Peace & Justice

This is the blog of the Commission on Peace and Justice for the Roman Catholic Diocese of Albany, New York.

Thursday, November 16, 2006

Voting is not enough

Jeffrey C. Peck, a member of the Commission on Peace and Justice, also is Professor of Political Science at Adirondack Community College and the American correspondent for the Netherlands publication matchbook & politic. He wrote the following article for the Glens Falls Post-Star on Sunday, November 5. Although the election is over, we believe the points raised are important. The article is reprinted here with permission.
We Americans have long considered our country to be the modern cradle of democracy. This week we once again have an opportunity to prove this to ourselves and the world. We will, of course, do nothing of the kind. Academics and commentators have long sought the reason for our general lack of interest in politics as evidenced by, among other things, poor voter turnout. The reasons often cited for poor turnout include voting on a weekday, too many elections (between three and five depending on the year and place of residence), and simple apathy arising from a variety of causes. One often overlooked and more complicated reason is that we expect too much from voting.

The downside of voting is that it only changes the leadership, can be anticipated (as in late November legislative pay raises), is considered by the authors of the recent book fragmenting to be economically inefficient, and perhaps most importantly is a non-specific behavior. Many of us who do vote put too much faith in the power of the ballot. Voting does not express policy preferences. The winner of an election only knows one thing from an election, that he or she got more votes than his or her opponent.

This is increasingly true given the lack of clear positions candidates take as they try to attract independent and undecided voters. Further evidence that an election is not about policy is the increased use of negative ads which are designed to depress voter turnout not to inform voters. Another frightening phenomenon associated with voting is the general lack of information the general voter possesses. The average voter acquires his or her knowledge of politics from television, the poorest possible source given its lack of depth and need for visual images. Some research has shown that the votes cast by the least informed voters are practically at random.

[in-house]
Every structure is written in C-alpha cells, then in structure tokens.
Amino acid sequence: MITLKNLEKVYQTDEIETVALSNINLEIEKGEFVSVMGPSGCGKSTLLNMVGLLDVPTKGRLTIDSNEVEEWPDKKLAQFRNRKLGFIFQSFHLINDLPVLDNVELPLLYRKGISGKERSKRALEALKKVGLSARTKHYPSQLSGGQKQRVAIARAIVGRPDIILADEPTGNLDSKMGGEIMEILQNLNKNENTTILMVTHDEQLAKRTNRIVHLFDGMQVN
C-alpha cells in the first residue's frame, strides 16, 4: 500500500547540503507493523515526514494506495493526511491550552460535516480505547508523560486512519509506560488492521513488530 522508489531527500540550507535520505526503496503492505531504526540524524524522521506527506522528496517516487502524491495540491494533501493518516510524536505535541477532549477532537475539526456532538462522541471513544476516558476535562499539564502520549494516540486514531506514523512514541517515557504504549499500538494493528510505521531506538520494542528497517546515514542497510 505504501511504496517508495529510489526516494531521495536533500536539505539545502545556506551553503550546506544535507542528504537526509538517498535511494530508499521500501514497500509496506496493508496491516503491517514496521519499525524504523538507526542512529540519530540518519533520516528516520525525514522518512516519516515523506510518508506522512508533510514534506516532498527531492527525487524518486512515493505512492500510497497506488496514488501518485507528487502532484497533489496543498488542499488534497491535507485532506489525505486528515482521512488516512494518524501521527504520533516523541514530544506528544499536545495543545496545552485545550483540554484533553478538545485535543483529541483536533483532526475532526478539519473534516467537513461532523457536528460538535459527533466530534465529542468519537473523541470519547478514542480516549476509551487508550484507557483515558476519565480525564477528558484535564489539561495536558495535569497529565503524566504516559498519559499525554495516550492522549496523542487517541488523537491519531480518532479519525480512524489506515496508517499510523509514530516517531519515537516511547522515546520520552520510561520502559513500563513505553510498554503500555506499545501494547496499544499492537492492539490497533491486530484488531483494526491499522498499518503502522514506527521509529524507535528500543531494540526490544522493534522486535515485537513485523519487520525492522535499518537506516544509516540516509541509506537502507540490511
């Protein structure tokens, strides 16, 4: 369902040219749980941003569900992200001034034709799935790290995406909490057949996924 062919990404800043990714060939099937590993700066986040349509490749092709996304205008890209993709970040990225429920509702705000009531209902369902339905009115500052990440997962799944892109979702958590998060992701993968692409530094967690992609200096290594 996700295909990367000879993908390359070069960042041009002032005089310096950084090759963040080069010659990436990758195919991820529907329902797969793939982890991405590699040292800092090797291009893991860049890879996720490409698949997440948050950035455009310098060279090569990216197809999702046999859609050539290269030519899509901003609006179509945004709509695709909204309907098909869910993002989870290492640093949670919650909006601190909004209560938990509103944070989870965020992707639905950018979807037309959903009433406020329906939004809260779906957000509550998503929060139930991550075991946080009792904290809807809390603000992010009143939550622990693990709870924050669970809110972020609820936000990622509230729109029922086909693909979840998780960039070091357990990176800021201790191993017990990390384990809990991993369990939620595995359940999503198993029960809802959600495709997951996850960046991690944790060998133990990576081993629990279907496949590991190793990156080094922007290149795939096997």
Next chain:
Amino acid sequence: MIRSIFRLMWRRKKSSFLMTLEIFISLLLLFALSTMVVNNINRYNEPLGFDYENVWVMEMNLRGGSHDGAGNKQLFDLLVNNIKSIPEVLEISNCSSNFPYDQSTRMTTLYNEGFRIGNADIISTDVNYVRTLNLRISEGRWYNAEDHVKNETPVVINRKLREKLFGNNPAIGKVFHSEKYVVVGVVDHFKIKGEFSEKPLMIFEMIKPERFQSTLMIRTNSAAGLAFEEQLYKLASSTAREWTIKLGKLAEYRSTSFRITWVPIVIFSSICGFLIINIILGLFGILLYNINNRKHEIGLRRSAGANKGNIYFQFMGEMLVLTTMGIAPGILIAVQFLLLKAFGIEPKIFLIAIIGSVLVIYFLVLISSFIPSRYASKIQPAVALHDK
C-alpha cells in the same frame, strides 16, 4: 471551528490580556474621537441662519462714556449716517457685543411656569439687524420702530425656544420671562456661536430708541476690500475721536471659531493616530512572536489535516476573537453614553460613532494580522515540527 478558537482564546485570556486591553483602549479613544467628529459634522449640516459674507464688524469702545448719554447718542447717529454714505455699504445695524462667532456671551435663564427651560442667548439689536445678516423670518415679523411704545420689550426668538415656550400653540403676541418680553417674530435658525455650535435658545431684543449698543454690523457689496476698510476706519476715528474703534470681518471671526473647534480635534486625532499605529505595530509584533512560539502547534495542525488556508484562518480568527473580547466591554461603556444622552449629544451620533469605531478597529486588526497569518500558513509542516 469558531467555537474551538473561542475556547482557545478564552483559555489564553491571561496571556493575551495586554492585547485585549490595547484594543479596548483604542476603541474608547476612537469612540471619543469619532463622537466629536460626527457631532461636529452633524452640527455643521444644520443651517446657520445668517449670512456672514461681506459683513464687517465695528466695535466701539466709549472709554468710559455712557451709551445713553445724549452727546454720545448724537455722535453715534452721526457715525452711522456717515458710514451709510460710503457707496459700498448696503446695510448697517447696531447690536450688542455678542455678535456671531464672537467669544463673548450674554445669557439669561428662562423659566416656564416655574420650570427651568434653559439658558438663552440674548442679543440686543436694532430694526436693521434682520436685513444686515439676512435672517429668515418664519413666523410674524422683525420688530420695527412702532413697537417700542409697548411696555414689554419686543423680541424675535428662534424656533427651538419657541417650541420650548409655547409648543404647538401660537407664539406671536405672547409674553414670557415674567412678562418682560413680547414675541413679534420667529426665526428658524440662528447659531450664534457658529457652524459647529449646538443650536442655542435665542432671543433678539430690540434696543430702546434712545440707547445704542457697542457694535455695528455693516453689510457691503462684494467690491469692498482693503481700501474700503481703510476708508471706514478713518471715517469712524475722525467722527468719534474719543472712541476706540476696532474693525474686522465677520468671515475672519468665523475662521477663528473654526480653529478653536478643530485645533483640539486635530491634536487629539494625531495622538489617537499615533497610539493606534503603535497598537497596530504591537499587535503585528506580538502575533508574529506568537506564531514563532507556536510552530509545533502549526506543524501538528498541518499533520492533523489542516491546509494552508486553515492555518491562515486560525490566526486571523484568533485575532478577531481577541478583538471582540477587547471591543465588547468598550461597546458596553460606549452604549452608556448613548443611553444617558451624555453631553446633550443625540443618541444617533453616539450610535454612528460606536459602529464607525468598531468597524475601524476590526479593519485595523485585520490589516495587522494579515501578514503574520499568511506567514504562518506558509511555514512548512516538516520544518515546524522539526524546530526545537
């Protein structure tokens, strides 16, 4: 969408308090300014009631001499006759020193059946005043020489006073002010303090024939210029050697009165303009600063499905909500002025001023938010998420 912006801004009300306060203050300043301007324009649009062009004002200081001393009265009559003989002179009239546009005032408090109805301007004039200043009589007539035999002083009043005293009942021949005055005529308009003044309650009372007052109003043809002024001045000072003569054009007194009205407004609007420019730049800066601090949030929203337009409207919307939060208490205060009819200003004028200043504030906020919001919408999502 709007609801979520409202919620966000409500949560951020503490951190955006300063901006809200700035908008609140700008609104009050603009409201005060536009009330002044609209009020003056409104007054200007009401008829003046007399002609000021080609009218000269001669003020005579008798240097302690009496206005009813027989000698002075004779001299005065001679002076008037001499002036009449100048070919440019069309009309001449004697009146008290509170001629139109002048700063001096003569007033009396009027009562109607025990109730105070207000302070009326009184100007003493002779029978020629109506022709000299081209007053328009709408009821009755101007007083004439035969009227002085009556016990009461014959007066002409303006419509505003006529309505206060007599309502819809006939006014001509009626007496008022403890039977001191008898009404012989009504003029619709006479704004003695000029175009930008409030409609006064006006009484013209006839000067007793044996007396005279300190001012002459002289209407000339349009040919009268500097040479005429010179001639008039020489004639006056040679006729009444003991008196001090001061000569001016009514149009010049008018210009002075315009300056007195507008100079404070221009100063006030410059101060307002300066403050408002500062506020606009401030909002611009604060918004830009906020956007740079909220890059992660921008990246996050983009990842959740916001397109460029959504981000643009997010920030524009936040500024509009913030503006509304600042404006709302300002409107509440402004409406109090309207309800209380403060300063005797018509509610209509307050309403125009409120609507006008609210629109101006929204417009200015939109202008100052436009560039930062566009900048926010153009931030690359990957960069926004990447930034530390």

Voting is not the magic bullet of true democracy. An informed and active citizenry is the real answer. As we have become more self-absorbed we have frequently placed our personal needs ahead of that of the nation. We are too busy to keep informed and too sure that what we know is right regardless of the source. If voting is to have real meaning then it must be one part of our political behavior, not the only one. Without other action, on our part, voting is an exercise in frustration.

The simple prescription for a government attentive to our needs is to use more than one source of information (and it is especially important to use a print source), to vary the sources used, using occasionally even those sources we disagree with, and to make an effort to act politically on occasion. The most efficient way to get attention is to let a representative know your opinion, especially by letter. Other effective means of communication include attending a meeting and speaking, protesting, if that is within your comfort level, and telephoning the officialÂ's office. Email and petitions are less effective. These activities are very different from voting, they are personal, require knowledge, and are specific. They also enable us to hold elected officials directly responsible for their specific actions.

Dorothy Day is reputed to have said, "Don'’t vote, it only encourages them."” Miss Day'’s point is particularly salient given our representatives'’ claims that winning an election is a mandate. Without our active and specific participation in addition to voting, winning an election is not a mandate, it is license. We will all feel good after stepping out of the voting booth on Tuesday having discharged our civic duty. Our real duties as citizens only begin with voting.